Hutto hosts first annual CROWN Act Festival to celebrate hair discrimination ban

The CROWN Act, which prohibits discrimination based on hairstyle, is one of many new laws that went into effect on Friday, 

"I love that we are finally able to be able to just express ourselves and not have to worry about discrimination at work, or whether or not we will be able to get a promotion with our natural hair, or whether or not we will be able to walk at graduation that we have earned," said April Phillips, the founder of Frofessionals. "We don't have to worry about that no more."

Gov. Abbott signed the CROWN Act into law in May, and the law went into effect on Friday, September 1.


The law prohibits employers, labor unions and employment agencies from discriminating against an employee based on hair texture or protective hairstyle associated with race.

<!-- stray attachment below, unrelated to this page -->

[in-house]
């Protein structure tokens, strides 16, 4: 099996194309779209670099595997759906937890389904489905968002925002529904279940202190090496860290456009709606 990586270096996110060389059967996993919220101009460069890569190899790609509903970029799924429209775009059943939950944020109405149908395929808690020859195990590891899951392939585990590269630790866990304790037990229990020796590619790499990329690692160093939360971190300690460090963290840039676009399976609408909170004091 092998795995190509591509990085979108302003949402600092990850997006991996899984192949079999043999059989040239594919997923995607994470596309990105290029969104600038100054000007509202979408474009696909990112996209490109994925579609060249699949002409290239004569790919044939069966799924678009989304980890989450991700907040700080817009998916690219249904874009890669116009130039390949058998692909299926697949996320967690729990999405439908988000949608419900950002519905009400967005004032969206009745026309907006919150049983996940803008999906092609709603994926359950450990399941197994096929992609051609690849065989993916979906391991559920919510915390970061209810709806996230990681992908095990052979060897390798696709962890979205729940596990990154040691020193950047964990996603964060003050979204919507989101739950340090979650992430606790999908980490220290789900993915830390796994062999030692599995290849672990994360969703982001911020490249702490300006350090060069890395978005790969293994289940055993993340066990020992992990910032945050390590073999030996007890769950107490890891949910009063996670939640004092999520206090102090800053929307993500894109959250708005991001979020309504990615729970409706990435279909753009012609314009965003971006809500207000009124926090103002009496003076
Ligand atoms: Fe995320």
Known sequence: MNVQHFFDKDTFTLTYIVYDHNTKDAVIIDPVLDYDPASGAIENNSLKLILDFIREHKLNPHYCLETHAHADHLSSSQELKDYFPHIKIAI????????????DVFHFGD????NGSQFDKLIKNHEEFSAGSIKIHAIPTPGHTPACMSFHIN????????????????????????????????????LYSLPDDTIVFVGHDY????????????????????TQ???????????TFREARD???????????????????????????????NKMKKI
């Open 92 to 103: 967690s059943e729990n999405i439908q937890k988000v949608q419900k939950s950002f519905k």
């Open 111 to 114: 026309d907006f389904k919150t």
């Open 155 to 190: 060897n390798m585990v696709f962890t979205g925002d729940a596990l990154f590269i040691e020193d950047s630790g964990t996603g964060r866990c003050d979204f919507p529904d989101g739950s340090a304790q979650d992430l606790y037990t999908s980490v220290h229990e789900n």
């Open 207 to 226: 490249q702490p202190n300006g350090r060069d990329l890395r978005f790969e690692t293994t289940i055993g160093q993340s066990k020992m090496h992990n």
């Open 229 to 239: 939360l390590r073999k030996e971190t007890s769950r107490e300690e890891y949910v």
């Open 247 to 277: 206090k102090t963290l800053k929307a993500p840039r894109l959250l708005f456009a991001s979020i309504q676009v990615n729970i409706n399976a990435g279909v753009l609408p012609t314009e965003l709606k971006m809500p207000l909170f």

"Whatever you want to do with your hair is your business," Phillips said. "Whether you want to have a relaxer, I had a relaxer for 10 years and decided to go back natural, and I’m loving it."

Phillips made it her mission to create the first CROWN Act Festival in Hutto as a tribute to natural hair, food and culture.

"I love it, I love the twist the locs, this right here is a two-strand twist, just love it," Phillips said.

"Having the ability of flaunting your hair everywhere you go without having to cover it up with a wig, or be shy or be afraid of who you are as a person, because our natural hair is our natural crown, is like asking me to cover up my God-given crown," said Jonjerry Jeromes, the owner of Chedo J Hair Care. 

The CROWN Act stands for Creating a Respectful and Open World for Natural hair.

Jonjerry Jeromes is one of many vendors at the event, catering to natural hair care.

"This was done for them so that they can be who they are, represent themselves, grow up proud of who they are from head to toe," Jeromes said. "So, yes, this paving the way for the future."